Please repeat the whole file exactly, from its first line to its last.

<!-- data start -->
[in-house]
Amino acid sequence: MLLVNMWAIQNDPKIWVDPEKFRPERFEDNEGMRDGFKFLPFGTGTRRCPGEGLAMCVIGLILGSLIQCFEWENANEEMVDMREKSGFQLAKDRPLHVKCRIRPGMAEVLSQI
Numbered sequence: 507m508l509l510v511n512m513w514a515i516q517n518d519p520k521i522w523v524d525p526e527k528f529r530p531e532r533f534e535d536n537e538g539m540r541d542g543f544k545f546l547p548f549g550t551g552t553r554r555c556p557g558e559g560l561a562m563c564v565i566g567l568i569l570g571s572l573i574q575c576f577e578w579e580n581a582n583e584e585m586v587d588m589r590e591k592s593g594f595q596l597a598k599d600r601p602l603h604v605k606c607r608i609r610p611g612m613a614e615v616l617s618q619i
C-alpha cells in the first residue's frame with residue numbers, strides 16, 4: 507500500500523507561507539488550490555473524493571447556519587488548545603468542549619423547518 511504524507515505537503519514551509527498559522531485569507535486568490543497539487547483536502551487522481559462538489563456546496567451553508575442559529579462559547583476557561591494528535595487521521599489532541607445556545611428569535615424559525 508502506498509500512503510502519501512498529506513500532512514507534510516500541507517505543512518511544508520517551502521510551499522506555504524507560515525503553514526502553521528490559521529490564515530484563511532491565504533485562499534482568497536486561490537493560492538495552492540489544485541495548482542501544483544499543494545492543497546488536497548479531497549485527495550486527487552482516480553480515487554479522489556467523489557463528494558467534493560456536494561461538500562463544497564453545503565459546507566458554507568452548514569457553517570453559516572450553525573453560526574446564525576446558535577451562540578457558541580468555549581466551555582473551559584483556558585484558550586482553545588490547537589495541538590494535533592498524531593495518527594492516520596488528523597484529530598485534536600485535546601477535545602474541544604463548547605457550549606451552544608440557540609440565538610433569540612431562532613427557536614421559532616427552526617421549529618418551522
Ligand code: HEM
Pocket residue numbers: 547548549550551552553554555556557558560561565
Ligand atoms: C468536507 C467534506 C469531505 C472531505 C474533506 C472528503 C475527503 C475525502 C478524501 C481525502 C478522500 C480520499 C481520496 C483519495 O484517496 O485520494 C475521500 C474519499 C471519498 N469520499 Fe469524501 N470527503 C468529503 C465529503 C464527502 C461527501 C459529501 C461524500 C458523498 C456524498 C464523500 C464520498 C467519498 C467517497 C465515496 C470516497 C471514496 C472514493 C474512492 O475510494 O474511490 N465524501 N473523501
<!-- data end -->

[in-house]
Amino acid sequence: MLLVNMWAIQNDPKIWVDPEKFRPERFEDNEGMRDGFKFLPFGTGTRRCPGEGLAMCVIGLILGSLIQCFEWENANEEMVDMREKSGFQLAKDRPLHVKCRIRPGMAEVLSQI
Numbered sequence: 507m508l509l510v511n512m513w514a515i516q517n518d519p520k521i522w523v524d525p526e527k528f529r530p531e532r533f534e535d536n537e538g539m540r541d542g543f544k545f546l547p548f549g550t551g552t553r554r555c556p557g558e559g560l561a562m563c564v565i566g567l568i569l570g571s572l573i574q575c576f577e578w579e580n581a582n583e584e585m586v587d588m589r590e591k592s593g594f595q596l597a598k599d600r601p602l603h604v605k606c607r608i609r610p611g612m613a614e615v616l617s618q619i
C-alpha cells in the first residue's frame with residue numbers, strides 16, 4: 507500500500523507561507539488550490555473524493571447556519587488548545603468542549619423547518 511504524507515505537503519514551509527498559522531485569507535486568490543497539487547483536502551487522481559462538489563456546496567451553508575442559529579462559547583476557561591494528535595487521521599489532541607445556545611428569535615424559525 508502506498509500512503510502519501512498529506513500532512514507534510516500541507517505543512518511544508520517551502521510551499522506555504524507560515525503553514526502553521528490559521529490564515530484563511532491565504533485562499534482568497536486561490537493560492538495552492540489544485541495548482542501544483544499543494545492543497546488536497548479531497549485527495550486527487552482516480553480515487554479522489556467523489557463528494558467534493560456536494561461538500562463544497564453545503565459546507566458554507568452548514569457553517570453559516572450553525573453560526574446564525576446558535577451562540578457558541580468555549581466551555582473551559584483556558585484558550586482553545588490547537589495541538590494535533592498524531593495518527594492516520596488528523597484529530598485534536600485535546601477535545602474541544604463548547605457550549606451552544608440557540609440565538610433569540612431562532613427557536614421559532616427552526617421549529618418551522
Ligand code: HEM
Pocket residue numbers: 547548549550551552553554555556557558560561565
Ligand atoms: C468536507 C467534506 C469531505 C472531505 C474533506 C472528503 C475527503 C475525502 C478524501 C481525502 C478522500 C480520499 C481520496 C483519495 O484517496 O485520494 C475521500 C474519499 C471519498 N469520499 Fe469524501 N470527503 C468529503 C465529503 C464527502 C461527501 C459529501 C461524500 C458523498 C456524498 C464523500 C464520498 C467519498 C467517497 C465515496 C470516497 C471514496 C472514493 C474512492 O475510494 O474511490 N465524501 N473523501